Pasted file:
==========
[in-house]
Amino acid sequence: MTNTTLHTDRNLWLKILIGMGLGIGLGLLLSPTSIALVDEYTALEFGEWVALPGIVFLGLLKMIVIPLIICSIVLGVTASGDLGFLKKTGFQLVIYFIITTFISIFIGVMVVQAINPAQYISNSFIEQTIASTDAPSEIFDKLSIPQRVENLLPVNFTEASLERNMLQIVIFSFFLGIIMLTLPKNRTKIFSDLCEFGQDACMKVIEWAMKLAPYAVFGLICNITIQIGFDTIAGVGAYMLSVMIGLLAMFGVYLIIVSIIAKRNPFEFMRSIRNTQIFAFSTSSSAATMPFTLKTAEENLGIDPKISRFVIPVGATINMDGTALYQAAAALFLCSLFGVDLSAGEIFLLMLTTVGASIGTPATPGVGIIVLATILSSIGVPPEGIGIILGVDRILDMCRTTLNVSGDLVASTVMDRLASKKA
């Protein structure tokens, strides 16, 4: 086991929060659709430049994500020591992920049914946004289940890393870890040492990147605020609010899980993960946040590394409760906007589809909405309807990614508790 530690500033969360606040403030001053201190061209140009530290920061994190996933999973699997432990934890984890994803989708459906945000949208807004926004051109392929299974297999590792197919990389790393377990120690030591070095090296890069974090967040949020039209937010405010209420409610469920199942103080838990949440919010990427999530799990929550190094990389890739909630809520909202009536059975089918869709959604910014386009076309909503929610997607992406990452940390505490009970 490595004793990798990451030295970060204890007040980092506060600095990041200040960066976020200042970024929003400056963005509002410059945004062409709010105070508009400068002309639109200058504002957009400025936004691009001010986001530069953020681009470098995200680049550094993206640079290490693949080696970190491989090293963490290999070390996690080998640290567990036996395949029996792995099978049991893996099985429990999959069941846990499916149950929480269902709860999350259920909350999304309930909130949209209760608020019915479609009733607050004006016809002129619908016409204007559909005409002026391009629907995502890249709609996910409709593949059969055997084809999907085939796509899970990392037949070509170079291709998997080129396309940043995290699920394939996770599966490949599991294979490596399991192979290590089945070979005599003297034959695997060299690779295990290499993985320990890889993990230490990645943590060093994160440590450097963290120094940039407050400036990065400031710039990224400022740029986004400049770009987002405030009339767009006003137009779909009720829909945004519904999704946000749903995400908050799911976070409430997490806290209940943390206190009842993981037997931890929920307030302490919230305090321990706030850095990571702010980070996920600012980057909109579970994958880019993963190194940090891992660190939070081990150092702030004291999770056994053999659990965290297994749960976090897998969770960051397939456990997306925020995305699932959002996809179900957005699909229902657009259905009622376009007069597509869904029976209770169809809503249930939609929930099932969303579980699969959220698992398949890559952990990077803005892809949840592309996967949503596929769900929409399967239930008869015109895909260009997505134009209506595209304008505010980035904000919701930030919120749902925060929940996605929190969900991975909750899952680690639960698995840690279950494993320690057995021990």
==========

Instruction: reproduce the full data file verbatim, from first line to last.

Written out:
[in-house]
Amino acid sequence: MTNTTLHTDRNLWLKILIGMGLGIGLGLLLSPTSIALVDEYTALEFGEWVALPGIVFLGLLKMIVIPLIICSIVLGVTASGDLGFLKKTGFQLVIYFIITTFISIFIGVMVVQAINPAQYISNSFIEQTIASTDAPSEIFDKLSIPQRVENLLPVNFTEASLERNMLQIVIFSFFLGIIMLTLPKNRTKIFSDLCEFGQDACMKVIEWAMKLAPYAVFGLICNITIQIGFDTIAGVGAYMLSVMIGLLAMFGVYLIIVSIIAKRNPFEFMRSIRNTQIFAFSTSSSAATMPFTLKTAEENLGIDPKISRFVIPVGATINMDGTALYQAAAALFLCSLFGVDLSAGEIFLLMLTTVGASIGTPATPGVGIIVLATILSSIGVPPEGIGIILGVDRILDMCRTTLNVSGDLVASTVMDRLASKKA
């Protein structure tokens, strides 16, 4: 086991929060659709430049994500020591992920049914946004289940890393870890040492990147605020609010899980993960946040590394409760906007589809909405309807990614508790 530690500033969360606040403030001053201190061209140009530290920061994190996933999973699997432990934890984890994803989708459906945000949208807004926004051109392929299974297999590792197919990389790393377990120690030591070095090296890069974090967040949020039209937010405010209420409610469920199942103080838990949440919010990427999530799990929550190094990389890739909630809520909202009536059975089918869709959604910014386009076309909503929610997607992406990452940390505490009970 490595004793990798990451030295970060204890007040980092506060600095990041200040960066976020200042970024929003400056963005509002410059945004062409709010105070508009400068002309639109200058504002957009400025936004691009001010986001530069953020681009470098995200680049550094993206640079290490693949080696970190491989090293963490290999070390996690080998640290567990036996395949029996792995099978049991893996099985429990999959069941846990499916149950929480269902709860999350259920909350999304309930909130949209209760608020019915479609009733607050004006016809002129619908016409204007559909005409002026391009629907995502890249709609996910409709593949059969055997084809999907085939796509899970990392037949070509170079291709998997080129396309940043995290699920394939996770599966490949599991294979490596399991192979290590089945070979005599003297034959695997060299690779295990290499993985320990890889993990230490990645943590060093994160440590450097963290120094940039407050400036990065400031710039990224400022740029986004400049770009987002405030009339767009006003137009779909009720829909945004519904999704946000749903995400908050799911976070409430997490806290209940943390206190009842993981037997931890929920307030302490919230305090321990706030850095990571702010980070996920600012980057909109579970994958880019993963190194940090891992660190939070081990150092702030004291999770056994053999659990965290297994749960976090897998969770960051397939456990997306925020995305699932959002996809179900957005699909229902657009259905009622376009007069597509869904029976209770169809809503249930939609929930099932969303579980699969959220698992398949890559952990990077803005892809949840592309996967949503596929769900929409399967239930008869015109895909260009997505134009209506595209304008505010980035904000919701930030919120749902925060929940996605929190969900991975909750899952680690639960698995840690279950494993320690057995021990």